It’s clear Senate Democrats have decided that hammering Supreme Court nominee Amy Coney Barrett on her stated disdain for the Affordable Care Act is a winning message. They did it all day Monday, mostly to success, and a lot of Tuesday. But Senator Dick Durbin was one of the first to introduce another equally important line of questioning Tuesday: why she thinks felons are entitled to own guns, despite state and federal law to the contrary, but not to vote.
Barrett wrote a stunning 38-page dissent to the 27-page majority opinion in the 2019 Kanter vs. Barr, in which a Wisconsin felon who’d served his time challenged laws prohibiting him from purchasing a gun. I’m not a lawyer, so I can’t vouch for the quality of her legal reasoning. Also, since I’m not a lawyer, I was slightly befuddled by her claim that the distinction was a matter of “individual rights,” which applied to gun ownership, versus “civic rights,” which include voting. It was clear to me her point was that gun rights are more fundamental than voting rights, but I didn’t know how she got there.
Luckily, smarter folks than I have teased it out. My colleague Elie Mystal went appropriately ballistic on Twitter, so I learned from him. Also helpful was this New Republic piece by Matt Ford. True to her self-identification as an “originalist,” hewing closely to what is essentially a subjective view of what the “founders” intended as they wrote the Constitution, Barrett saw a basis for distinguishing between felons who committed violent crimes, and those, like Rickey Kanter, whose crime, multimillion-dollar mail fraud, was nonviolent.
Barrett found “[no] evidence that founding-era legislatures imposed virtue-based restrictions on the right [to own a gun],” she wrote. “Such restrictions applied to civic rights like voting and jury service, not to individual rights like the right to possess a gun.” She went on: “History does show that felons could be disqualified from exercising certain rights—like the rights to vote and serve on juries—because these rights belonged only to virtuous citizens.”
You have to be a “virtuous citizen” to vote, but not to own a gun?
Thankfully, two Reagan-appointed judges disagreed, though they didn’t delve into colonial history. (You can read both the ruling and dissent here.)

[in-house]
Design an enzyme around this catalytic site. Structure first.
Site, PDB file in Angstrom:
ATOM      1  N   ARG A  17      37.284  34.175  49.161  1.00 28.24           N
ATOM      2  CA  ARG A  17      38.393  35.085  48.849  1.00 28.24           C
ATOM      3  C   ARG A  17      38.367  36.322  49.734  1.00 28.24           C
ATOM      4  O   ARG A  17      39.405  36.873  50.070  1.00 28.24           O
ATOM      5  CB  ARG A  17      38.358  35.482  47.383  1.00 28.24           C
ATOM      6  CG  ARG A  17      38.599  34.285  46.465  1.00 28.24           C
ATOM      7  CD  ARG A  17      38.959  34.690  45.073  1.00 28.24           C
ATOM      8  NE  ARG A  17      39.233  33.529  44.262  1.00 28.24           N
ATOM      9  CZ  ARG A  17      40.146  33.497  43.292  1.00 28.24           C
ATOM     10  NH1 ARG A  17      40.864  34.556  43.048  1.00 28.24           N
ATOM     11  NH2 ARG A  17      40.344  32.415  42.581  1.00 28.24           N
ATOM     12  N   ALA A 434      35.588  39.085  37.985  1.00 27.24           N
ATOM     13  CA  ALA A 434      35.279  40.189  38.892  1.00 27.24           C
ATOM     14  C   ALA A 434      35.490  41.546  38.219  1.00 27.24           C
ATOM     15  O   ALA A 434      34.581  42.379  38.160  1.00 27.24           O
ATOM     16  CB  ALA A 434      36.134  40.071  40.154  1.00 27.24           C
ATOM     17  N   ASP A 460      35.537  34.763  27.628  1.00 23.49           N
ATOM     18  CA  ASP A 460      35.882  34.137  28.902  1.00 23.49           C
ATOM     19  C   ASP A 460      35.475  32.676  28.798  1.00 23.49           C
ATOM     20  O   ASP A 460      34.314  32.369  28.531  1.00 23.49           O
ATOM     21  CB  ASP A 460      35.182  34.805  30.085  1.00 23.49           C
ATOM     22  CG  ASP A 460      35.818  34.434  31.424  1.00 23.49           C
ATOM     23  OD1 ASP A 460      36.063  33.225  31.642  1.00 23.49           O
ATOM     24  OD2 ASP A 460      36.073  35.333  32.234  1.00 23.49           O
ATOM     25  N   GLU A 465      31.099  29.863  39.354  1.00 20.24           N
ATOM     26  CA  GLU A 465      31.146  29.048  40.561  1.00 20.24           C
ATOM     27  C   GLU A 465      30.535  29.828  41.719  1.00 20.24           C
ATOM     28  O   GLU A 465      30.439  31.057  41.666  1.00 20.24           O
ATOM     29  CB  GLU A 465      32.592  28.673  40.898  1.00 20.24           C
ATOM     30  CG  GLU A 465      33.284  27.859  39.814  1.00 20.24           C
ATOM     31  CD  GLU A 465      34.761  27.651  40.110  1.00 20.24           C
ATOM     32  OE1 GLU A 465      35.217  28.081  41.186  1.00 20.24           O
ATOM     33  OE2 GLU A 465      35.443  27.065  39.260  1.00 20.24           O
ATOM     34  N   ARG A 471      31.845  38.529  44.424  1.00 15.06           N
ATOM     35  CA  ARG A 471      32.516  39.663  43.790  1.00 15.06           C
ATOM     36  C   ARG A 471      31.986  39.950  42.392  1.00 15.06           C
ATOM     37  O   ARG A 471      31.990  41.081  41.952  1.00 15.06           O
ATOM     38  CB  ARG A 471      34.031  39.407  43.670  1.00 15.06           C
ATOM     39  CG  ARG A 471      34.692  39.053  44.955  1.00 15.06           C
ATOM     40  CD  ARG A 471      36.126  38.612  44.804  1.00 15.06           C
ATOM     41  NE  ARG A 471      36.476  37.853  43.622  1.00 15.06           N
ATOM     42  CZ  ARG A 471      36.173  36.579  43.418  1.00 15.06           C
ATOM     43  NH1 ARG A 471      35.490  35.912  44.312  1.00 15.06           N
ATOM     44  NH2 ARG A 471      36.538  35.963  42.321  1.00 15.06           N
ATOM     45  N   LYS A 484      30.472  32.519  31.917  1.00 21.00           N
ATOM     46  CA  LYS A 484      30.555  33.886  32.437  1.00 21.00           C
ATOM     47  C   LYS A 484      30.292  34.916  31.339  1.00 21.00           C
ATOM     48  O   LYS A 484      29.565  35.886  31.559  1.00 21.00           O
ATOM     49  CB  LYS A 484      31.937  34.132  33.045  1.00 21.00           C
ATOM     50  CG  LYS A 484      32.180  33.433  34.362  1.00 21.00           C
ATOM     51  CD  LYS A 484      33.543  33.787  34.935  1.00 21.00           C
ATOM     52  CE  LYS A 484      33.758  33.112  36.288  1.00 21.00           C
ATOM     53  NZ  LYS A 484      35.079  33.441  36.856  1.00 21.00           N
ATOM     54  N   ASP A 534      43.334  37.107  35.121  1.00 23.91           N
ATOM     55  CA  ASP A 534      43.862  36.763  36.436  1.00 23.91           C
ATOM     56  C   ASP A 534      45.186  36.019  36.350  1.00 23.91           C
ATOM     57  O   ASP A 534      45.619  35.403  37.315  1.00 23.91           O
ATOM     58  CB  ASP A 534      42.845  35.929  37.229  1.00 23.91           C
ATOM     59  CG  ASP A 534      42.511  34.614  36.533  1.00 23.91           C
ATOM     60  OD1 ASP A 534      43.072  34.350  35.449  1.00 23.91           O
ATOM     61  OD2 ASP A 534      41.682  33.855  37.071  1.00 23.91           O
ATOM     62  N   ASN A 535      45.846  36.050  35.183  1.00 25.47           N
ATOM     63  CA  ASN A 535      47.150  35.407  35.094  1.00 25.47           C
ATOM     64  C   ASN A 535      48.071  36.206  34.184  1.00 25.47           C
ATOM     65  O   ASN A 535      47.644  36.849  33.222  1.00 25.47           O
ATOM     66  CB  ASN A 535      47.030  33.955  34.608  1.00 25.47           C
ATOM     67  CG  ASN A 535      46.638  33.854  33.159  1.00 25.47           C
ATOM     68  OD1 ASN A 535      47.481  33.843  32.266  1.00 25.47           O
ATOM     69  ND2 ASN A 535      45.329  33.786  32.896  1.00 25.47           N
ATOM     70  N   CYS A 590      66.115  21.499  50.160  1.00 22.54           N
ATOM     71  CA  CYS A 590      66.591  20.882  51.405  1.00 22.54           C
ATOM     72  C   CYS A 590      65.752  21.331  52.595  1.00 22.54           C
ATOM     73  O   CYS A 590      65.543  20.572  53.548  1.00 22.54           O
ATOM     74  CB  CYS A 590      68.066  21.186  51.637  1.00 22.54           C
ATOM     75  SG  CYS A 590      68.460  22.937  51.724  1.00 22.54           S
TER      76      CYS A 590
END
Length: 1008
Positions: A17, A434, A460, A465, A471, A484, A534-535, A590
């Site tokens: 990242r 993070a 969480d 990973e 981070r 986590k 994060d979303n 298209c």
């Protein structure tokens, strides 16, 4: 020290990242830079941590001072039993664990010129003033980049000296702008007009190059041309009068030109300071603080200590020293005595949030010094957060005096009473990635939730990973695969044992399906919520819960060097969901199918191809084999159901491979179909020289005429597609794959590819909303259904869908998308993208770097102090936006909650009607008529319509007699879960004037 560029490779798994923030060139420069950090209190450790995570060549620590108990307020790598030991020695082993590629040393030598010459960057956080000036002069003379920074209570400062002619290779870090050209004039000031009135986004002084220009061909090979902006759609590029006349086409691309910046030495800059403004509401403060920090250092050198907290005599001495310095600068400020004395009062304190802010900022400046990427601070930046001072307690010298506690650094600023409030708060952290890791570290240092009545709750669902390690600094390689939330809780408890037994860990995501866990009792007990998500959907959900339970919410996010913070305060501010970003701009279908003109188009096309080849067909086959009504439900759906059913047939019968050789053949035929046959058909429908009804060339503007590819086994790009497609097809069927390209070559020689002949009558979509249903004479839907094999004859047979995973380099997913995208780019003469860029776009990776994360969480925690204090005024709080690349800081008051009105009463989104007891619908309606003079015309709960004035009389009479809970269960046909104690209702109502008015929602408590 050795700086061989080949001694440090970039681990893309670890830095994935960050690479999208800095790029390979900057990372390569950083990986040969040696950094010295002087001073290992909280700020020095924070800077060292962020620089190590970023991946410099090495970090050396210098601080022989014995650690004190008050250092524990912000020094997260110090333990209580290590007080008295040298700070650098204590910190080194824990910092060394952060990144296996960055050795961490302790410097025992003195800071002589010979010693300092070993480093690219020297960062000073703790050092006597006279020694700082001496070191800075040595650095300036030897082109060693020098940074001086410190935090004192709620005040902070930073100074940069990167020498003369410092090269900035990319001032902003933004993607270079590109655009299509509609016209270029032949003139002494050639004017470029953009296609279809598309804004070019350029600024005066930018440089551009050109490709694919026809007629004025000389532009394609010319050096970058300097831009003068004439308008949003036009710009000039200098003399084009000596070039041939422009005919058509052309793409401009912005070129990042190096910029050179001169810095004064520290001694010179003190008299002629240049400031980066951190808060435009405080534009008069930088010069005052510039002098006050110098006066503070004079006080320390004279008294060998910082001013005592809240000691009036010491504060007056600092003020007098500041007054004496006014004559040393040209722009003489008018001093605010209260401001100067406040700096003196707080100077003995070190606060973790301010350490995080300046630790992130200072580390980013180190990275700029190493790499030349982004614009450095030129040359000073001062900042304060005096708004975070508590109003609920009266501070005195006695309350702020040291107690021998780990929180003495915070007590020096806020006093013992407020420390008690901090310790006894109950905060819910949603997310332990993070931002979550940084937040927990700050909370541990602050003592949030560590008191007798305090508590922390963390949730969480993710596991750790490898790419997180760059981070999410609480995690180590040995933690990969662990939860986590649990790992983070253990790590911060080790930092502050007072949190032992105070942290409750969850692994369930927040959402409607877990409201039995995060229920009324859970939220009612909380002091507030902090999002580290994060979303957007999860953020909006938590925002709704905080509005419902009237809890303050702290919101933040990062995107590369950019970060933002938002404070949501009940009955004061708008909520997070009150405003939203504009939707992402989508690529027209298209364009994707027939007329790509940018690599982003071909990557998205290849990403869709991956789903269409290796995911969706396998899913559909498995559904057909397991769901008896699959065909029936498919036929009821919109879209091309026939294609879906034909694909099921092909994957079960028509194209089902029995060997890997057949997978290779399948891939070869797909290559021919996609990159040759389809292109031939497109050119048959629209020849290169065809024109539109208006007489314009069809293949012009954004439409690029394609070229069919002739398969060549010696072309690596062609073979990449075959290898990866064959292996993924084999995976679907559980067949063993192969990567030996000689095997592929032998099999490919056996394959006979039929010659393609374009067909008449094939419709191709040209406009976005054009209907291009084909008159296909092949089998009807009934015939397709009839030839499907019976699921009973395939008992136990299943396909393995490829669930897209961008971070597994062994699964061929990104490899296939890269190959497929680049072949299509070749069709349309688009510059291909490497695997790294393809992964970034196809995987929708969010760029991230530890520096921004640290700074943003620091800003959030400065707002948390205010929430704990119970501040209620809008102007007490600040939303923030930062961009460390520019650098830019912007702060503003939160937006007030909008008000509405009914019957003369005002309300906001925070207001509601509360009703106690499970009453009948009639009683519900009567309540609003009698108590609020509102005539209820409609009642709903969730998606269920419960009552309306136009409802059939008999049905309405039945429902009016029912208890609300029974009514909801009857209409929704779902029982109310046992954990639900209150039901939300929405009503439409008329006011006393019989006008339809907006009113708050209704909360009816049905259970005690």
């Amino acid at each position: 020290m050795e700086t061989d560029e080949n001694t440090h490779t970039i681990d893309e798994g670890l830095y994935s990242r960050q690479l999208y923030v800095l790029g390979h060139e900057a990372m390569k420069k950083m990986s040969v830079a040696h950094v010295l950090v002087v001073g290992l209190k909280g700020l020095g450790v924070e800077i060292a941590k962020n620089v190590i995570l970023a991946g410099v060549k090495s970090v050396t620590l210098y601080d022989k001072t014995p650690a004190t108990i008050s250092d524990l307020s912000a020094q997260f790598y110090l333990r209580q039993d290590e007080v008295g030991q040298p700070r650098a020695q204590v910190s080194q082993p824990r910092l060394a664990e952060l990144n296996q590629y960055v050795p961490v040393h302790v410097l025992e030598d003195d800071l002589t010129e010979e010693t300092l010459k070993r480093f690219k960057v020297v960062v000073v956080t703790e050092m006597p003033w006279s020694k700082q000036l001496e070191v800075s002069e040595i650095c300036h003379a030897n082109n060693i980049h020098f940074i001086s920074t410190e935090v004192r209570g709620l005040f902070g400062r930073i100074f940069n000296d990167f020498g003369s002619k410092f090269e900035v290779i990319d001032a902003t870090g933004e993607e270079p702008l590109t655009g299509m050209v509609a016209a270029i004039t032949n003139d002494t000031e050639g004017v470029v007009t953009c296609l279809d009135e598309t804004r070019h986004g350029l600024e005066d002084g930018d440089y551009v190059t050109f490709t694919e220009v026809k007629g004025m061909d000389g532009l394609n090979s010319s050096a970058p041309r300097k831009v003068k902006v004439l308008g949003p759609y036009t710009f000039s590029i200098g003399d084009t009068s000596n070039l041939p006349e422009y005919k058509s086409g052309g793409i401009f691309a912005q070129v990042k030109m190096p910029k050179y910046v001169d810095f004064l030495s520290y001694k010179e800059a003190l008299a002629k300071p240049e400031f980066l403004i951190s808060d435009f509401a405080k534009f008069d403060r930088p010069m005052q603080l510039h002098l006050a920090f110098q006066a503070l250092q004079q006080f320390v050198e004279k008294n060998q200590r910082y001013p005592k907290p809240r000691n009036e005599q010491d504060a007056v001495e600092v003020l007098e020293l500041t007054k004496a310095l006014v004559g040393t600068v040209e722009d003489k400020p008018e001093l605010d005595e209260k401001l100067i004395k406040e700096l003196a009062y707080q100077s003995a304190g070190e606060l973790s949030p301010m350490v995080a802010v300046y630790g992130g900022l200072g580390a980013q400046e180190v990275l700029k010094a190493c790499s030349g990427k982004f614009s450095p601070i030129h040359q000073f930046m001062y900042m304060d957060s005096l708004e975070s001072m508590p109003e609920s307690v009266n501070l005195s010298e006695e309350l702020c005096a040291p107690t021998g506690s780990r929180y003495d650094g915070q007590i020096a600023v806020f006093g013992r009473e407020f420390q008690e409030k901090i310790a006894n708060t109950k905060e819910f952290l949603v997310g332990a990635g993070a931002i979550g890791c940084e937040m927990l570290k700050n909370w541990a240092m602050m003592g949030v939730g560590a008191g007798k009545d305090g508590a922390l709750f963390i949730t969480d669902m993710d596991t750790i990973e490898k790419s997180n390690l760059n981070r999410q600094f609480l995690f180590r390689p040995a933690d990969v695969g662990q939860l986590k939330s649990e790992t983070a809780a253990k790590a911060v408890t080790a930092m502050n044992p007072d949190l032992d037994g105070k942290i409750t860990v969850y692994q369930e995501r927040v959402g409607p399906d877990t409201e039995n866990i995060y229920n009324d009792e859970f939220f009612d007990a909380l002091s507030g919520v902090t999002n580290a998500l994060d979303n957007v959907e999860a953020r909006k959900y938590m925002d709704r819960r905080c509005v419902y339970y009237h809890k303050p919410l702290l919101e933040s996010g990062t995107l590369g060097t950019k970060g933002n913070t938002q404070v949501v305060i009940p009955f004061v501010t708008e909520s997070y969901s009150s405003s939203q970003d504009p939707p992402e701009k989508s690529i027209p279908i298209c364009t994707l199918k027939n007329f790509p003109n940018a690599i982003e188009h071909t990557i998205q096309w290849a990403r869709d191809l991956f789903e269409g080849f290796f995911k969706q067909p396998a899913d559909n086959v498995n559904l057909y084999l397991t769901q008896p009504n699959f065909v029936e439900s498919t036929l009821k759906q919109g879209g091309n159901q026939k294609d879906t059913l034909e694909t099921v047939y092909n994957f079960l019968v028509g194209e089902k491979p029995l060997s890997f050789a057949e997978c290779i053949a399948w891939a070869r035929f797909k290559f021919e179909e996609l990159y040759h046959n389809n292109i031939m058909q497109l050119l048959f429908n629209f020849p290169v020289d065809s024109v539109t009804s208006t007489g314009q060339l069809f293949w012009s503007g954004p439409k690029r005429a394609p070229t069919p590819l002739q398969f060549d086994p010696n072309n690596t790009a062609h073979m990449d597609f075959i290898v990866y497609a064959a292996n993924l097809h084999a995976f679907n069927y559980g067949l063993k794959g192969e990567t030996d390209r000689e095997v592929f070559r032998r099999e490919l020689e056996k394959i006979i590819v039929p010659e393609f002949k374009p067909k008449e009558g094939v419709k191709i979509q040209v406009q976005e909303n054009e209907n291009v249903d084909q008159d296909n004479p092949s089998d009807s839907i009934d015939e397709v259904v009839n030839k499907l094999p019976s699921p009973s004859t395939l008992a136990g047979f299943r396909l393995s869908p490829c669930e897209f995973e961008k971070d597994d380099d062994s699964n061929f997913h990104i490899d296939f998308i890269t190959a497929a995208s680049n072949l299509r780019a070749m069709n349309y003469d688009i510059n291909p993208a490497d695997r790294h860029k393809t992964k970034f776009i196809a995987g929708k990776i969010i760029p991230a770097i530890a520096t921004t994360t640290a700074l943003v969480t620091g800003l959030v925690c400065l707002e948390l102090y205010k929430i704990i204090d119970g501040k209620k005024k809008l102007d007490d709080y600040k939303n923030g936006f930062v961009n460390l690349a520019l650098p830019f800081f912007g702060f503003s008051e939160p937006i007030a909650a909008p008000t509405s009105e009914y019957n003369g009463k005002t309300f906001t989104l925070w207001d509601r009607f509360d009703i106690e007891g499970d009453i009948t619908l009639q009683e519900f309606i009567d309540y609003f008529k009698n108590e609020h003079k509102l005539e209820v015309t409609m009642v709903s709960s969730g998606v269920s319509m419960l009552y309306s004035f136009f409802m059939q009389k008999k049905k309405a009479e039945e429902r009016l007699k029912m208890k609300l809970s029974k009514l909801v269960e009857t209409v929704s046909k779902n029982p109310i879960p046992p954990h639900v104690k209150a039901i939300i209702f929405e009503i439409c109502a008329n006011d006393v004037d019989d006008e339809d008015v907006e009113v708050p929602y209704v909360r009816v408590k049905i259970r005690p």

Barrett didn’t cop to that in her reply to Durbin. “Did you not distinguish the Second Amendment right from the right to vote, calling one an individual right under the Constitution and the other a civic right?” he asked, and she replied, “That’s consistent with the language in the historical context. Everyone was treating voting as one of the civic rights.” She did not share her peculiar moralistic take on the latter.
Then Senator Amy Klobuchar followed up. Barrett obfuscated and a frustrated Klobuchar asked, “But how would you define ‘virtuous’?” The nominee answered: “The virtuous citizenry idea is a historical and jurisprudential one. It certainly doesn’t mean that I think that anyone gets a measure of virtue, or whether they’re good or not and whether they’re allowed to vote.” She still refused to define “virtue.” I’ve never formally seen the concept of “virtuous citizenry” used as a reason to restrict voting rights—of course, most of the founders thought only white men of property should be able to vote, so maybe that’s what she means. I hope others keep pushing this issue. Meanwhile, Barrett refused to say whether she thought voter intimidation is illegal (it is).
Barrett’s answers Tuesday offer us a window onto how she would approach the issue of voting rights, when it (inevitably) comes before her if she gets confirmed. Obviously, that’s one of the many things Republicans like about her, since restricting voting rights is one of their core projects (as I write, we’ve learned about mysterious voter-registration system outages in Virginia, Louisiana, and Florida). But it might matter to voters. I applaud the attention the Democrats are paying to the ACA, but Durbin and Klobuchar’s questioning laid bare another set of reasons for Democrats to grill Barrett vigorously—and not treat her confirmation as a done deal.